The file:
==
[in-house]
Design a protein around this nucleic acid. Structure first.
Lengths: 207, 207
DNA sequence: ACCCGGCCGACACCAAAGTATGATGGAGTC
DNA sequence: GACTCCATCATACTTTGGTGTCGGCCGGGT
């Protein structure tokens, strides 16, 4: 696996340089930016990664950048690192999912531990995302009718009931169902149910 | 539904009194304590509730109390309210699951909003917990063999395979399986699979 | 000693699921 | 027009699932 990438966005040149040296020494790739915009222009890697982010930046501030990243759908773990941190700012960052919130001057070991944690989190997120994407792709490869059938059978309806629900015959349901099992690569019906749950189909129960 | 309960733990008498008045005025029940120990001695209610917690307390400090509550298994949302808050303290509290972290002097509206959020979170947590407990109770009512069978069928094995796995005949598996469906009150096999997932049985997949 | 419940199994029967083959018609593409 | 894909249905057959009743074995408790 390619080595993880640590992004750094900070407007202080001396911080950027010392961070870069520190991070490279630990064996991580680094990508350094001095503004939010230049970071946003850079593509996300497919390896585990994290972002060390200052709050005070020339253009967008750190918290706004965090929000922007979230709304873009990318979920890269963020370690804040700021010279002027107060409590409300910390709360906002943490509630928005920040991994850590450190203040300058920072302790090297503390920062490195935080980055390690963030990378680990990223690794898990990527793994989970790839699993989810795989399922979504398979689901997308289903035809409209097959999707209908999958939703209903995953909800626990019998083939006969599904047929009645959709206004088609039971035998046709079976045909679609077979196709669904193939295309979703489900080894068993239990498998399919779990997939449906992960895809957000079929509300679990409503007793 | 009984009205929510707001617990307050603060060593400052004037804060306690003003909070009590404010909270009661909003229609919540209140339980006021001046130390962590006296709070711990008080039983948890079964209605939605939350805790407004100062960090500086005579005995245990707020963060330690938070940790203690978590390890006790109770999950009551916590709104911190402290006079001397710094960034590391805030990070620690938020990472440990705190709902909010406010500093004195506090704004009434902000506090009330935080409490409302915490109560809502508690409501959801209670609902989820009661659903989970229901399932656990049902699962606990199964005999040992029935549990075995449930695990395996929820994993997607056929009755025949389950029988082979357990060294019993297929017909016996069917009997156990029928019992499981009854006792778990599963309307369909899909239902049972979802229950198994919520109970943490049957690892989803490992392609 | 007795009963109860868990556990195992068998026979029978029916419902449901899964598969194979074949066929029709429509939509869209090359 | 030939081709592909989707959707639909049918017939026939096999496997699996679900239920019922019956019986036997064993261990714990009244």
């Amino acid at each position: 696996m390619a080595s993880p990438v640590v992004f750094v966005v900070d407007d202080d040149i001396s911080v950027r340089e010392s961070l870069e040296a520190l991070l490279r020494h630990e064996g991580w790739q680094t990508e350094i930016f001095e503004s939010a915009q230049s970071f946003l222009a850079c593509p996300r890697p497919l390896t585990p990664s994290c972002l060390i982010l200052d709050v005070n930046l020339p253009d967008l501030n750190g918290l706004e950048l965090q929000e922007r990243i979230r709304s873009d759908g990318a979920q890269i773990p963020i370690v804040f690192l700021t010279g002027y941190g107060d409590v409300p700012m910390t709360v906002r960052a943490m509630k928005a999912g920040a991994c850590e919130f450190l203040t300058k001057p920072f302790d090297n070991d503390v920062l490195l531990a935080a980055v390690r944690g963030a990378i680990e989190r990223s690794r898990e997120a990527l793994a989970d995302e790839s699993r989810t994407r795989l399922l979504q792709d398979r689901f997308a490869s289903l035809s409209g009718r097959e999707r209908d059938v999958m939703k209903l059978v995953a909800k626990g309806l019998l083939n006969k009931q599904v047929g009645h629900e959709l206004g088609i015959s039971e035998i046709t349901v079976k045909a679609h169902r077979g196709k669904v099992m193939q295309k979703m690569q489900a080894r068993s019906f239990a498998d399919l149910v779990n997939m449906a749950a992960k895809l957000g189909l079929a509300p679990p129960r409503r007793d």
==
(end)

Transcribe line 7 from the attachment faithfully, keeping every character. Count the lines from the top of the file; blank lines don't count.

């Amino acid at each position: 696996m390619a080595s993880p990438v640590v992004f750094v966005v900070d407007d202080d040149i001396s911080v950027r340089e010392s961070l870069e040296a520190l991070l490279r020494h630990e064996g991580w790739q680094t990508e350094i930016f001095e503004s939010a915009q230049s970071f946003l222009a850079c593509p996300r890697p497919l390896t585990p990664s994290c972002l060390i982010l200052d709050v005070n930046l020339p253009d967008l501030n750190g918290l706004e950048l965090q929000e922007r990243i979230r709304s873009d759908g990318a979920q890269i773990p963020i370690v804040f690192l700021t010279g002027y941190g107060d409590v409300p700012m910390t709360v906002r960052a943490m509630k928005a999912g920040a991994c850590e919130f450190l203040t300058k001057p920072f302790d090297n070991d503390v920062l490195l531990a935080a980055v390690r944690g963030a990378i680990e989190r990223s690794r898990e997120a990527l793994a989970d995302e790839s699993r989810t994407r795989l399922l979504q792709d398979r689901f997308a490869s289903l035809s409209g009718r097959e999707r209908d059938v999958m939703k209903l059978v995953a909800k626990g309806l019998l083939n006969k009931q599904v047929g009645h629900e959709l206004g088609i015959s039971e035998i046709t349901v079976k045909a679609h169902r077979g196709k669904v099992m193939q295309k979703m690569q489900a080894r068993s019906f239990a498998d399919l149910v779990n997939m449906a749950a992960k895809l957000g189909l079929a509300p679990p129960r409503r007793d």